In 2011, Pry pointed out, a military commentator with the People’s Republic of China stated that North Korea has super-EMP warheads. Data from North Korea’s nuclear tests, he said, are consistent with a super-EMP warhead.
Pry’s comments echo those of former U.S. Ambassador Henry Cooper, in which he said that North Korea could launch a nuclear weapon on a satellite, similar to satellites North Korea has previously launched southward over the South Pole.
“After all,” Cooper said in an interview with WND, “their previous satellites have been successfully placed in orbits that are optimum for executing an electromagnetic pulse, or EMP, attack on the entire continental U.S. with a single nuclear burst.”
Cooper, chairman of the board of High Frontier, which is dedicated to warning the U.S. against a missile attack, developed the framework for President Ronald Reagan’s Strategic Defense Initiative. He also pushed for a workable missile defense system for the U.S. and later became director of the Strategic Defense Initiative Organization under President George W. Bush.
Cooper pointed out that the satellite carrying a nuclear warhead could be detonated at an altitude of 300 miles. With a detonation over Omaha, he said, it would blanket the entire continental United States with EMP effects, the consequences of which could, within a year, lead to the death of hundreds of millions of Americans and end our way of life.”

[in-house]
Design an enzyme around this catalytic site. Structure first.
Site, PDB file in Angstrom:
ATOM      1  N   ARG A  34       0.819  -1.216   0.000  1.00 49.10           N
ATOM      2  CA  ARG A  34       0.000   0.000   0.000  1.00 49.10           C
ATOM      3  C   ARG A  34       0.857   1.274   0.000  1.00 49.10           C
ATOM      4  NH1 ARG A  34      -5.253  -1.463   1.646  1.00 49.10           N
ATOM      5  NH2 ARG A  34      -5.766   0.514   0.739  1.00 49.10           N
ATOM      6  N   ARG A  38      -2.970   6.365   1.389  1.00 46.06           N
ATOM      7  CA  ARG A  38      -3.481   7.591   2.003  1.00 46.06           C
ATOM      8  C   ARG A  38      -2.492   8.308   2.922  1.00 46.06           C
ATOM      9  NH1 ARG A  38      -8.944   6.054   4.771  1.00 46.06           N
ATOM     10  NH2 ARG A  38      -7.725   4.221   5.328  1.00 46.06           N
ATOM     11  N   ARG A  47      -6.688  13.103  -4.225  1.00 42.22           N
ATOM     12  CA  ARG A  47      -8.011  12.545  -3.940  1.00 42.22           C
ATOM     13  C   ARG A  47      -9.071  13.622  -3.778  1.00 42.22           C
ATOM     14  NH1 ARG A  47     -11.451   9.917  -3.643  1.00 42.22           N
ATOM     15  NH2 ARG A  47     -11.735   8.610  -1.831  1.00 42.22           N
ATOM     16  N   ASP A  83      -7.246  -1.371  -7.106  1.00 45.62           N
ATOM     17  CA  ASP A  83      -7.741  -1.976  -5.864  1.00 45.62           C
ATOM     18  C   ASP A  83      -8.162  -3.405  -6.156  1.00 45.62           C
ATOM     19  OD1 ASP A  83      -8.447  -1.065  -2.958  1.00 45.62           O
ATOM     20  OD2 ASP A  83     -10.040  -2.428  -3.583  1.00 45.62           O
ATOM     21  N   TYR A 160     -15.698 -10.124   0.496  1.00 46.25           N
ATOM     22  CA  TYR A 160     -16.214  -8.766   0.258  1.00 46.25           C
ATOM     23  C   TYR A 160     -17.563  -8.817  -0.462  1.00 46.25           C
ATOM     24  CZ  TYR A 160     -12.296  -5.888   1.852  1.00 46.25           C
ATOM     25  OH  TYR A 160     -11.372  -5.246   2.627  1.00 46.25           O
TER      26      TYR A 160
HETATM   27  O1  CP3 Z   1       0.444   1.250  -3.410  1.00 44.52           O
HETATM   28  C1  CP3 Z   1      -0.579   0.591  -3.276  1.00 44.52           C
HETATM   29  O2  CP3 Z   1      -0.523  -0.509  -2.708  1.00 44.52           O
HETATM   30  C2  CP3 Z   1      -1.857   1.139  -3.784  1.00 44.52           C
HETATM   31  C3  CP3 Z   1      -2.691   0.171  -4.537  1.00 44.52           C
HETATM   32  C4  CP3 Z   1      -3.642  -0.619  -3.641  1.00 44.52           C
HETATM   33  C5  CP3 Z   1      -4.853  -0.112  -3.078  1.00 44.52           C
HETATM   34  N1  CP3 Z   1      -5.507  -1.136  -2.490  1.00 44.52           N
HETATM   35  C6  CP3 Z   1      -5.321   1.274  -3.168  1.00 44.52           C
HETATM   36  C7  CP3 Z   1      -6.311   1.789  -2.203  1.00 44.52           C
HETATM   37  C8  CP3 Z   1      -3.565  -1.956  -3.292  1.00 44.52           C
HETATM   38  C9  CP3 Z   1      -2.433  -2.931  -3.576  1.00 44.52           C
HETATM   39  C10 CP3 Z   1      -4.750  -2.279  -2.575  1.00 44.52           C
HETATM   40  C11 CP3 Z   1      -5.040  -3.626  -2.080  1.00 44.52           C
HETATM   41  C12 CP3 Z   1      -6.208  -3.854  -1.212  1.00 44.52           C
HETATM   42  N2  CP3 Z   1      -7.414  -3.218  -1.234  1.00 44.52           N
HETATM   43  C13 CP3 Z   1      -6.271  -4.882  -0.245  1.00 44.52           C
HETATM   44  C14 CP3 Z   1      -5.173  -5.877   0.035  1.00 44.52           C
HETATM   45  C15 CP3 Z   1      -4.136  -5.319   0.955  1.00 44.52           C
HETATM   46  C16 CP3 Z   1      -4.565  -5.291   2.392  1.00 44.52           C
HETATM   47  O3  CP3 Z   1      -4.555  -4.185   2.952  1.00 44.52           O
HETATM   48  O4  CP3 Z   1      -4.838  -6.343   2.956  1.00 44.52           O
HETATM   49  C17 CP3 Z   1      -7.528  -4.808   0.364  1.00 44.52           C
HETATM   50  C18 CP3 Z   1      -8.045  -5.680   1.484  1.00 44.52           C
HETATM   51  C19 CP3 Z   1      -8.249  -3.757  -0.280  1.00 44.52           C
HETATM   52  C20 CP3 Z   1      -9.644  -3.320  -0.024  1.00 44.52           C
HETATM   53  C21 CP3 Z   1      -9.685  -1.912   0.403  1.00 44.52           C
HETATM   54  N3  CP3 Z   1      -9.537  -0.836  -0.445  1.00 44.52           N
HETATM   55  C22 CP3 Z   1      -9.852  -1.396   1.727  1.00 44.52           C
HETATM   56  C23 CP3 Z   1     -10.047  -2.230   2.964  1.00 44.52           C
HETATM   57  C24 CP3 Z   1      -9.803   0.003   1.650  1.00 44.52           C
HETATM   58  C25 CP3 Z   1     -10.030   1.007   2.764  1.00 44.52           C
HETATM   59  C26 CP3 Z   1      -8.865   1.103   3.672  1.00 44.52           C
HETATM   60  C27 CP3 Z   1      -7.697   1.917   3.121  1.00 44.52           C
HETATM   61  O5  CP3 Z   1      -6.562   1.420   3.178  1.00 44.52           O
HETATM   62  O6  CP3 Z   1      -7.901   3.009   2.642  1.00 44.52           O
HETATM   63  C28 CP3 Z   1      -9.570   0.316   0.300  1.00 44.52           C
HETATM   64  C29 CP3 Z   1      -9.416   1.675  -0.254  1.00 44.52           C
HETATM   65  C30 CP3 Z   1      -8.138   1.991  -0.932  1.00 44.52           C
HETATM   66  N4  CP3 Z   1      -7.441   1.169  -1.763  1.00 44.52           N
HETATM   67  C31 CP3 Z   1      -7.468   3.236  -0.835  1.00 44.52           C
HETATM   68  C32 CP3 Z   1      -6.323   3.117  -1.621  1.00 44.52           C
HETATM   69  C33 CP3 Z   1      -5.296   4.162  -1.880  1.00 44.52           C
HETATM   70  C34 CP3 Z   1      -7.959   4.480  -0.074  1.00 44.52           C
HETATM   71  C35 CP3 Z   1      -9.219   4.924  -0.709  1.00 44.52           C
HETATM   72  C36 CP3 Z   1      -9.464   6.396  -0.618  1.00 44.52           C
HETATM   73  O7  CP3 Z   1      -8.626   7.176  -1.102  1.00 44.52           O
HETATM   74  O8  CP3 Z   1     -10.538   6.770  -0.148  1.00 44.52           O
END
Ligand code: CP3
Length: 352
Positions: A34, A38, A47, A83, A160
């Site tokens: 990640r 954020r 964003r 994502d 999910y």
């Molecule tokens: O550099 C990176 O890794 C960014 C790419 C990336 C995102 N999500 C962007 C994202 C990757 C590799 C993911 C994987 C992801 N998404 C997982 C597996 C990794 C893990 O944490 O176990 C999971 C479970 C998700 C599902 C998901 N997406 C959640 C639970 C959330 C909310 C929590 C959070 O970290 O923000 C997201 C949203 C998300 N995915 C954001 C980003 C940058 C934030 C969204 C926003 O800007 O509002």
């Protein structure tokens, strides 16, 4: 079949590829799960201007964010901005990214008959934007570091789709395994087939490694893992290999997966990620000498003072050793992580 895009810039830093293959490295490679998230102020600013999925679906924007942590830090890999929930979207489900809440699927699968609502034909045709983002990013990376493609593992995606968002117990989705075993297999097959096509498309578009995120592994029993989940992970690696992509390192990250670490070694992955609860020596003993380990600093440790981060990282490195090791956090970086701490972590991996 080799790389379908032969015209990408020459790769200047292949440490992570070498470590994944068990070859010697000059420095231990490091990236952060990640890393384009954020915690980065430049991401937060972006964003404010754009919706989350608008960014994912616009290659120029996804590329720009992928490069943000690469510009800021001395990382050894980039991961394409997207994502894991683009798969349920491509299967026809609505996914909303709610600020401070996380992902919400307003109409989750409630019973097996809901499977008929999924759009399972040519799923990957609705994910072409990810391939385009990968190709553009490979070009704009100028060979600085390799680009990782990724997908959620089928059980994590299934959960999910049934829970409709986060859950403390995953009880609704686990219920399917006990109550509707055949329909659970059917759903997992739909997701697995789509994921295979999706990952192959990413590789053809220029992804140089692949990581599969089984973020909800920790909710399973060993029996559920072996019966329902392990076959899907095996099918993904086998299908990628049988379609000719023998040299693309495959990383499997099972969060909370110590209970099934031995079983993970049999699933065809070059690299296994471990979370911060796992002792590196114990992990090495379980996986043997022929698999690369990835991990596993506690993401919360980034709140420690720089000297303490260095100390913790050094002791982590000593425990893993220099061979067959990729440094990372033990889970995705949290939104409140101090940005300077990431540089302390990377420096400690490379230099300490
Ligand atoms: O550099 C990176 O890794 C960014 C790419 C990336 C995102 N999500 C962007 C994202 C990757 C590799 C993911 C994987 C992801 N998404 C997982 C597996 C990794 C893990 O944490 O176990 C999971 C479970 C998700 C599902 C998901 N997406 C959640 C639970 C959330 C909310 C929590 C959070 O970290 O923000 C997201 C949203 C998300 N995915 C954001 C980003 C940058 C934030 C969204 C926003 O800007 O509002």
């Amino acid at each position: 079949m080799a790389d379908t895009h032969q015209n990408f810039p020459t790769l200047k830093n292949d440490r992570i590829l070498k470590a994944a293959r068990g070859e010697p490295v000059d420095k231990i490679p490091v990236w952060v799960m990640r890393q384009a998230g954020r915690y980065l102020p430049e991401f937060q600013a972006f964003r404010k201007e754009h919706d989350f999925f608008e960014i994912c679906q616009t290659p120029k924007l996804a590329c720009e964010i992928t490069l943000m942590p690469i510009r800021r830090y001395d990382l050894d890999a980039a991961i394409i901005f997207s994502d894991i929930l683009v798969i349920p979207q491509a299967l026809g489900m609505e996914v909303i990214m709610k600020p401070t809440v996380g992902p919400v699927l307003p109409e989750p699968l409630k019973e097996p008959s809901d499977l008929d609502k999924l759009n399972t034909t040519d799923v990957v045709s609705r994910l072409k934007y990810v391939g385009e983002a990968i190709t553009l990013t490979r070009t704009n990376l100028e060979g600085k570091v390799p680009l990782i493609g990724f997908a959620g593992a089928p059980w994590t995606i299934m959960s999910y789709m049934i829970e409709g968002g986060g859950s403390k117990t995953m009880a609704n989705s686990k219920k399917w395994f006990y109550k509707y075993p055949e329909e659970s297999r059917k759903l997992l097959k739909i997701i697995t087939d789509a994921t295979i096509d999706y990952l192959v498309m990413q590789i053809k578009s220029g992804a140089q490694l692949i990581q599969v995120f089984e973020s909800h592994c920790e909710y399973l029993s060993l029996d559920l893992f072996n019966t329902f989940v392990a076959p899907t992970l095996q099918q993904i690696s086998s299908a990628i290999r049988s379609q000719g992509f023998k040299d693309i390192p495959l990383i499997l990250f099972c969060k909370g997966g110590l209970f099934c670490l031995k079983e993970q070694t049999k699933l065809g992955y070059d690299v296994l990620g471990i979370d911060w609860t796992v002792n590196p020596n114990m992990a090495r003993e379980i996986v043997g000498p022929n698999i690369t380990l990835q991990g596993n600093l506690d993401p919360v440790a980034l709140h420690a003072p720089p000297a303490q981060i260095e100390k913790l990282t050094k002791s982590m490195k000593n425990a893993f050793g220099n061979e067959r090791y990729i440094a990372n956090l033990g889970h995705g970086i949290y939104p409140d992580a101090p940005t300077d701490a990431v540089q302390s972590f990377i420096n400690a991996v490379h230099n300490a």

Other sources have indicated that the 220-pound satellite would be able to carry a 300 kiloton nuclear bomb, similar to the weight of warheads on U.S. missiles and would be sufficient to create an EMP effect from coast to coast if exploded at 300 miles above Omaha.
“North Korea, Iran and everyone else understands these points – or certainly should if they have been awake,” Cooper said. “But have they connected the dots?”
Cooper said that if the satellite with a nuclear weapon in it were to come from the southern hemisphere, there may not be sufficient warning and tracking information to support an intercept attempt before North Korea detonates its nuclear device over Omaha.
He said North Korea could launch a nuclear weapon on a satellite, similar to satellites North Korea has previously launched southward over the South Pole.
“After all, their previous satellites have been successfully placed in orbits that are optimum for executing an electromagnetic pulse attack on the entire continental U.S. with a single nuclear burst,” Cooper said.
“Our current defense is focused on an attack from the north but if the attack came from the south via satellite, it might not be capable of intercepting the satellite before North Korea detonates its device,” Cooper warned.
“Moreover,” he added, “where there are disputes about whether North Korean ballistic missiles launched in a normal ballistic trajectory have sufficient range to reach the U.S. mainland, there can be no dispute about whether a nuclear weapon on a satellite can be detonated on orbit above the United States – or anywhere else on the surface of the earth.”